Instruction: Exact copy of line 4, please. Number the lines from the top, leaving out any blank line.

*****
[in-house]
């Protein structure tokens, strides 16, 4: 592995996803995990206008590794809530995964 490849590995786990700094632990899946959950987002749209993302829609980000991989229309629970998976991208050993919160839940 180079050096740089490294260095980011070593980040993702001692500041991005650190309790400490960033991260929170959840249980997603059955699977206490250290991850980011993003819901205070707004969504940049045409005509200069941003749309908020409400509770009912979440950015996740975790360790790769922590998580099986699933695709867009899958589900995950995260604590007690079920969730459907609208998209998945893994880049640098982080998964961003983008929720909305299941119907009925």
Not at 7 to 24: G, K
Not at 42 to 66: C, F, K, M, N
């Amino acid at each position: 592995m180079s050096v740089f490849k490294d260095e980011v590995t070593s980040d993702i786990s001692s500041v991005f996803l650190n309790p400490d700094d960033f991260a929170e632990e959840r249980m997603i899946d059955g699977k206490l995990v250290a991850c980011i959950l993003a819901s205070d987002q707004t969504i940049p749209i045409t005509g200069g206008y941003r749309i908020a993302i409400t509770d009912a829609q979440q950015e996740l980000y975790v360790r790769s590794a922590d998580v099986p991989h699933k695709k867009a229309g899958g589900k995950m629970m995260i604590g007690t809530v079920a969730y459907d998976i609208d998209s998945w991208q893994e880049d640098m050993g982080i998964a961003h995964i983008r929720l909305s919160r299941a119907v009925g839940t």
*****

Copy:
Not at 42 to 66: C, F, K, M, N